After an 83% crash, is this FTSE 250 stock in deep value territory?

Warren Buffett says the time to be greedy is when others are fearful. And Stephen Wright thinks it could be time to consider a FTSE 250 underperformer.

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Dr Martens (LSE:DOCS) has been a publicly-traded company for less than four years. But the FTSE 250 stock has fallen 83%, due to difficult trading conditions and a series of unforced errors.

The company still has its best asset – its brand – and a balance sheet that looks reasonably strong. So could this be the time to be greedy when others are fearful?

How bad’s the damage?

Dr Martens has had two main problems – weak consumer spending and poor execution of its e-commerce expansion. And the effects show up in the company’s financial position. 

Inventory levels have increased from £123m in 2022 to £255m this year. While it shows up as an asset on the balance sheet, excess inventory isn’t something businesses want.

When a company has more products than it can sell, it has to work out how to store them. That’s expensive and rising costs are bad news for profitability.

On the liabilities side, Dr Martens has also seen its debt levels increase. Net debt has risen from £53m to £175m and interest payments rose from £17m to £31m.

As a result, interest payments now eat up 25% of the company’s operating income. At the start of 2022, it was 6%. 

Dr Martens is clearly in a worse position than it was when it first launched on the UK stock market. But there’s reason for thinking the share price might have fallen too far. 

Value territory

Arguably the main problem is weaker demand in the US. But this issue isn’t specific to the company and isn’t one it can directly do anything about.

Across the board, consumer discretionary businesses have been struggling with depressed consumer spending in the US. It’s the biggest reason shares in Nike are down 31% over the last year.

At a price-to-earnings (P/E) ratio of 20, I think Nike shares are still some way from bargain territory. But the situation with Dr Martens might be different.

The stock currently trades at a P/E ratio of 11. And that’s based on earnings per share that have fallen 44% from where they were a couple of years ago.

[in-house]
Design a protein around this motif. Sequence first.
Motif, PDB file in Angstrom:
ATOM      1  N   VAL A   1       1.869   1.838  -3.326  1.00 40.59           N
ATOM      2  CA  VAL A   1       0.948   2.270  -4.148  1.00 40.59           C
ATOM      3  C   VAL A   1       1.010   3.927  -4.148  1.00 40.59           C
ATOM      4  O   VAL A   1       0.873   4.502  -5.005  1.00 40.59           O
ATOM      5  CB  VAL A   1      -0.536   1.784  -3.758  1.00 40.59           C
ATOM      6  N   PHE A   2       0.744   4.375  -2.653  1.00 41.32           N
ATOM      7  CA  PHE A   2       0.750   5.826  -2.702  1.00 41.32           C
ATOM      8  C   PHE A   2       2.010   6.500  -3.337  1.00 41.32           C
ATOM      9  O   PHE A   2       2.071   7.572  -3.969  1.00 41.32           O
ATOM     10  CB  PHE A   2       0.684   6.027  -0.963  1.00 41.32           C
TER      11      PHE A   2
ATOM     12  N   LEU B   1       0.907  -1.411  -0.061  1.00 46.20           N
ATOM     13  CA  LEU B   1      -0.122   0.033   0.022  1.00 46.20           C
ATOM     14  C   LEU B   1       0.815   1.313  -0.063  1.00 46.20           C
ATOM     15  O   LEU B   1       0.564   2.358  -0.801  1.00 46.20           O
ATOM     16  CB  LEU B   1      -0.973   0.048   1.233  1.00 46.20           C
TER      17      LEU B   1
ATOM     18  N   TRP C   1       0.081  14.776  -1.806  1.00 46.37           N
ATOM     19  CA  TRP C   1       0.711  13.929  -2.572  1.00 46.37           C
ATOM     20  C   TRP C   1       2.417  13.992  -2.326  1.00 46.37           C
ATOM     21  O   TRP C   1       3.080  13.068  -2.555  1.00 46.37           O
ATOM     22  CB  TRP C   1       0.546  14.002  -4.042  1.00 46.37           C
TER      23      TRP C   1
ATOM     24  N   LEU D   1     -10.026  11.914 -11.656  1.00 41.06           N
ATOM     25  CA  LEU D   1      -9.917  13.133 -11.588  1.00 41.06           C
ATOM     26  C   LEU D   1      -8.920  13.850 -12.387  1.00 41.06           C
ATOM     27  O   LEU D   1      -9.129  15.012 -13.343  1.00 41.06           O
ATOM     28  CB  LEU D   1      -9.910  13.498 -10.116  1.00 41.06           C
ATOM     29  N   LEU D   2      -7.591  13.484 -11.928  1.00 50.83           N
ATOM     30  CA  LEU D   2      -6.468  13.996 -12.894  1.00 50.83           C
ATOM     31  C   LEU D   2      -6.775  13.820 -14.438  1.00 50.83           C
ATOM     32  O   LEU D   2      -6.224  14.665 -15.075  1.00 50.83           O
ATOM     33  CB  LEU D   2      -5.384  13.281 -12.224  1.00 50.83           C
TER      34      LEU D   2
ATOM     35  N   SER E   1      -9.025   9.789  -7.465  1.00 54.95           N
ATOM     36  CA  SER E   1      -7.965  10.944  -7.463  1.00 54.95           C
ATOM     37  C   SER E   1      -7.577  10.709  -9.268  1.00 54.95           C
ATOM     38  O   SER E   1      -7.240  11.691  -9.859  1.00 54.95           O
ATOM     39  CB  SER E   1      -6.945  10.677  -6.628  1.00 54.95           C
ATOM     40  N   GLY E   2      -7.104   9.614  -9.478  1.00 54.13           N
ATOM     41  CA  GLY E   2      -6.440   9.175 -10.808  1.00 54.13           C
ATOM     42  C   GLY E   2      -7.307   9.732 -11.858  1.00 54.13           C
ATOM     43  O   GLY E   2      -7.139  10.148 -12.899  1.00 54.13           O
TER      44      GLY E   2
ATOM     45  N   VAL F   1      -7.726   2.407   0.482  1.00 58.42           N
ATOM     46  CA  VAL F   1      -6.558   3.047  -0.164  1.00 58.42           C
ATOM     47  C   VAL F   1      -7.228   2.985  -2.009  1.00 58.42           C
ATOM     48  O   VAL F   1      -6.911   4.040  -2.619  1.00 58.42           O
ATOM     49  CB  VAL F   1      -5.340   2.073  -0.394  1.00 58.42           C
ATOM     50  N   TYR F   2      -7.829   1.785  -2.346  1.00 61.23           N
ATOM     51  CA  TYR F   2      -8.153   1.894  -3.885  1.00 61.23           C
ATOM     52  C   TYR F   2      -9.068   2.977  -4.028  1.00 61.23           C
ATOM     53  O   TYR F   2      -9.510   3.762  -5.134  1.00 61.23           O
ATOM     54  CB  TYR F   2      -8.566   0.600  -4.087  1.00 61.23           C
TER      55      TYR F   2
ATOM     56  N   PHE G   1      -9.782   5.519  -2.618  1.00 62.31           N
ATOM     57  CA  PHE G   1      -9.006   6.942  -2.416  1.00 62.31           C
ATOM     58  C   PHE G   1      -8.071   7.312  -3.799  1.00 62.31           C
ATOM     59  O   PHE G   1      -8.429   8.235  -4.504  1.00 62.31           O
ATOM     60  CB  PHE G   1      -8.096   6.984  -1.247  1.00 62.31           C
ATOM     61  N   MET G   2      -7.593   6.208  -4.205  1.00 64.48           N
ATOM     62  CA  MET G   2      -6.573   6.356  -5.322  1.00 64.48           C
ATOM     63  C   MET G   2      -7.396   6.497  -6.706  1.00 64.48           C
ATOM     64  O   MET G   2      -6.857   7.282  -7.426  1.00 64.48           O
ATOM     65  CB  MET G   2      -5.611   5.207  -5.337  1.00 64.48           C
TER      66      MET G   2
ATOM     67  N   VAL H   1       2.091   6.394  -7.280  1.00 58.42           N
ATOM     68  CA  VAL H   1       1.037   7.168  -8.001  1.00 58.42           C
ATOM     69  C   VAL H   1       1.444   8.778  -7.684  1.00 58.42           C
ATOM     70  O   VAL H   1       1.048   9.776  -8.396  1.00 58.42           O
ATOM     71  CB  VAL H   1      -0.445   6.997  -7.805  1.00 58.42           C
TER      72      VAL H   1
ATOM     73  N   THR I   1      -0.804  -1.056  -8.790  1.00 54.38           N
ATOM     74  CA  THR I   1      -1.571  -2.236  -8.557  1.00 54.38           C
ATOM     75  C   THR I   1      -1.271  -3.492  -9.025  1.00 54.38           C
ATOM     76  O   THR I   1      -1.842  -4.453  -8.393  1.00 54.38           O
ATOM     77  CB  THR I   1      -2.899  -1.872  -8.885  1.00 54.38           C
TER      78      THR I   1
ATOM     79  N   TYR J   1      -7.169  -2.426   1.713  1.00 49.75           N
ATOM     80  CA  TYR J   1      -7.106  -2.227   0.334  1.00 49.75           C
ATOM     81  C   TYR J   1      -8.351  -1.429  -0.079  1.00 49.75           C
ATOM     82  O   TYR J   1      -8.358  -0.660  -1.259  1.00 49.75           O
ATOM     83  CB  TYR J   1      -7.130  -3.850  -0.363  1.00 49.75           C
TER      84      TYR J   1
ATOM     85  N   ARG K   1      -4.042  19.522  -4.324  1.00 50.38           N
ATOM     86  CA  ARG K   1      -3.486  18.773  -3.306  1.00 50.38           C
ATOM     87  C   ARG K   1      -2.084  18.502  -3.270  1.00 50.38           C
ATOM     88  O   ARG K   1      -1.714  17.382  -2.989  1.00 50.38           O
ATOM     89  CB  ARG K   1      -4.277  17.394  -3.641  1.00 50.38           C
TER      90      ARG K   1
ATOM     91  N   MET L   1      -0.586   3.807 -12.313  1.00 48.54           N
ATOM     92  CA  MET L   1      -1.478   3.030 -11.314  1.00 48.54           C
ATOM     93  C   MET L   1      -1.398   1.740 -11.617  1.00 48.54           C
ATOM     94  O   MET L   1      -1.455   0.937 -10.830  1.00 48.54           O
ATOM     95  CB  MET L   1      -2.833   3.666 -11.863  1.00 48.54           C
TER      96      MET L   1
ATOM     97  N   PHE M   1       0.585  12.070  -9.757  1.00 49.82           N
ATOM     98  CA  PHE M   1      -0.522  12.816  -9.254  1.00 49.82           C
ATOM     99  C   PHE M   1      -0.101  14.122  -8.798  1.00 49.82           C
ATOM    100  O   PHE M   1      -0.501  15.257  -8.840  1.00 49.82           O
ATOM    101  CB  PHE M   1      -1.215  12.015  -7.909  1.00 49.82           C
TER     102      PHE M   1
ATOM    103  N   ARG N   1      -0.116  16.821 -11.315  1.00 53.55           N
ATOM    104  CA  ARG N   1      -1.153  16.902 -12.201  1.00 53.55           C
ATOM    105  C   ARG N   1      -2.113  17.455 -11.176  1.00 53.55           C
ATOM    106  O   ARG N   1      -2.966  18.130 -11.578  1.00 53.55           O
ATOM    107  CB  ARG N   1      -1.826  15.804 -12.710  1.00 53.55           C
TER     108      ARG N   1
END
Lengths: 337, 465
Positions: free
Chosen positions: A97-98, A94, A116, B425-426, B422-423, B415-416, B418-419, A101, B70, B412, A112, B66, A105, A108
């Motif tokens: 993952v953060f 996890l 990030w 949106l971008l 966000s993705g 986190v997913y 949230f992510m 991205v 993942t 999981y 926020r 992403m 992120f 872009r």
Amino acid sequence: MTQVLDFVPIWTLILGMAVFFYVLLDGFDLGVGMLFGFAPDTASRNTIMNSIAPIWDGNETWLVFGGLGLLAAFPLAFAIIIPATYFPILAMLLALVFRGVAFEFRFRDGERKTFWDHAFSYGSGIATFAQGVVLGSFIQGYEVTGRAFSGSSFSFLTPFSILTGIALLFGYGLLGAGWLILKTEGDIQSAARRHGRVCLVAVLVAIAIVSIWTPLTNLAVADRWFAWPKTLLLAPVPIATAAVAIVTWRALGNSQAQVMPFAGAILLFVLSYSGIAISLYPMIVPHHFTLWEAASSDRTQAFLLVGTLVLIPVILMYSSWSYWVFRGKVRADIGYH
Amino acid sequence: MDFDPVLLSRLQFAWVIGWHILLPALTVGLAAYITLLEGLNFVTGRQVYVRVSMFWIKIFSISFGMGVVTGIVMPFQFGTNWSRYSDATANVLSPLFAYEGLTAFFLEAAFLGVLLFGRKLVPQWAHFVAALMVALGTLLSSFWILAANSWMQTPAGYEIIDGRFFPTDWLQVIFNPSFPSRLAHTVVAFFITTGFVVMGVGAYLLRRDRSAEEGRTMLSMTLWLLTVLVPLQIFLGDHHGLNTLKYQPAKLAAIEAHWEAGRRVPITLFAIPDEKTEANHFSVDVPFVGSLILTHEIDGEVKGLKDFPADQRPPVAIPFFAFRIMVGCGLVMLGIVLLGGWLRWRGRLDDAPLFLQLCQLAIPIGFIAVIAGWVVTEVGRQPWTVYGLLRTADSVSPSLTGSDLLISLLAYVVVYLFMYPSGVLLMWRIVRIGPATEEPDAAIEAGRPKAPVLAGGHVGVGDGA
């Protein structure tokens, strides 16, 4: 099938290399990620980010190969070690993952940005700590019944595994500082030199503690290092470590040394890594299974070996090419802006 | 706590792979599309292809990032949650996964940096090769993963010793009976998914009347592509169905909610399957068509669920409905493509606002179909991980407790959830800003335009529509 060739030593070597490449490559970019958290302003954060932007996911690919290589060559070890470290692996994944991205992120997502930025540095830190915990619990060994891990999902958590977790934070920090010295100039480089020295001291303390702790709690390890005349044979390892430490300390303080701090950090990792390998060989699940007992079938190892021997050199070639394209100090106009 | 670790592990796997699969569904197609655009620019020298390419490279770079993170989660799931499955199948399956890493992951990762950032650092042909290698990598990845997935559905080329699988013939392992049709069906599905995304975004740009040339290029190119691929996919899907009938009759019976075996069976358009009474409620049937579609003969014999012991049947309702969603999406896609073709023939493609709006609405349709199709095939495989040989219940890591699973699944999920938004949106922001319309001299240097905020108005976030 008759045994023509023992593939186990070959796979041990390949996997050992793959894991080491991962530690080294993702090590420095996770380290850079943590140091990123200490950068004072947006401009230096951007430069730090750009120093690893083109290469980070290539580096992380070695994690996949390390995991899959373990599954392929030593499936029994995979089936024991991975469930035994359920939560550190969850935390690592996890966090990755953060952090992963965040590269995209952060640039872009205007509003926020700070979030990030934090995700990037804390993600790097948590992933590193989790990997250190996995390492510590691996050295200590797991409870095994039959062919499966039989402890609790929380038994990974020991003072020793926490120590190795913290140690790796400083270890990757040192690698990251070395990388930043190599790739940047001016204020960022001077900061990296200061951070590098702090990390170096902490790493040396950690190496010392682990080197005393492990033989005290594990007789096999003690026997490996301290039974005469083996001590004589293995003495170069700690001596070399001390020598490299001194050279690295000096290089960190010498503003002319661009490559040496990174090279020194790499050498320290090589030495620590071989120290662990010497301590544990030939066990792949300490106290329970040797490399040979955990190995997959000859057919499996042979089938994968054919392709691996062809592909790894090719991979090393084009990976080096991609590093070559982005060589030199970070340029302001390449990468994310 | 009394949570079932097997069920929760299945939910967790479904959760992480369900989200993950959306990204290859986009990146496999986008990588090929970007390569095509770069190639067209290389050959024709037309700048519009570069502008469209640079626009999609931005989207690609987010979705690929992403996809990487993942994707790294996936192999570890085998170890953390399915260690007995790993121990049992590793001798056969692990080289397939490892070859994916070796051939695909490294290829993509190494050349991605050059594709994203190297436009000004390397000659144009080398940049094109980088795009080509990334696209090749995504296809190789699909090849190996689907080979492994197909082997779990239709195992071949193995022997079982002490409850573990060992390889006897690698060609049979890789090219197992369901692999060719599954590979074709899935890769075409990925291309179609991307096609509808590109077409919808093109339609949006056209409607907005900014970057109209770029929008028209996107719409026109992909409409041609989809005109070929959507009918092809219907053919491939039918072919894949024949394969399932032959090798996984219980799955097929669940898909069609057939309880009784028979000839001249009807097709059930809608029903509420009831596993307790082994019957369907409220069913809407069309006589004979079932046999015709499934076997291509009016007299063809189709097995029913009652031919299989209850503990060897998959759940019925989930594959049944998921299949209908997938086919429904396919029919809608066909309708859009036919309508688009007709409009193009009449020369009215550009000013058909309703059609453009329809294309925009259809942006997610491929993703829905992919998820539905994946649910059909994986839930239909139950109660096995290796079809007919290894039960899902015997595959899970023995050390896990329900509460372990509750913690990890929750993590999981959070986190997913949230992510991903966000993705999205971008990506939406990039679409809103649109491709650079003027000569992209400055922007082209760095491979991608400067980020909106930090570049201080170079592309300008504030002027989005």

If Doc Martens can get back to earning 18p per share, then the current share price implies a P/E ratio of 4. That’s a bargain by anyone’s standards, but it’s a big ‘if’. And there’s another issue.

The big question is when are things going to start improving? And management’s forecasting another weak year before this happens, meaning shareholders are going to have to wait for some time. 

A risk worth taking?

Weak US demand isn’t the only reason shares in Dr Martens have crashed since going public. But a macroeconomic recovery has the potential to turn the company’s fortunes around.

The big question is when this will happen. Management doubts that improvement is imminent, but investors with a long-term view might think the shares are worth considering. 

I think considering the stock at today’s prices could turn out to be a good decision, over time. But given the risks, I’d look to keep it as a part of a diversified portfolio.

Should you invest, the value of your investment may rise or fall and your capital is at risk. Before investing, your individual circumstances should be assessed. Consider taking independent financial advice.

Stephen Wright has no position in any of the shares mentioned. The Motley Fool UK has recommended Nike. Views expressed on the companies mentioned in this article are those of the writer and therefore may differ from the official recommendations we make in our subscription services such as Share Advisor, Hidden Winners and Pro. Here at The Motley Fool we believe that considering a diverse range of insights makes us better investors.

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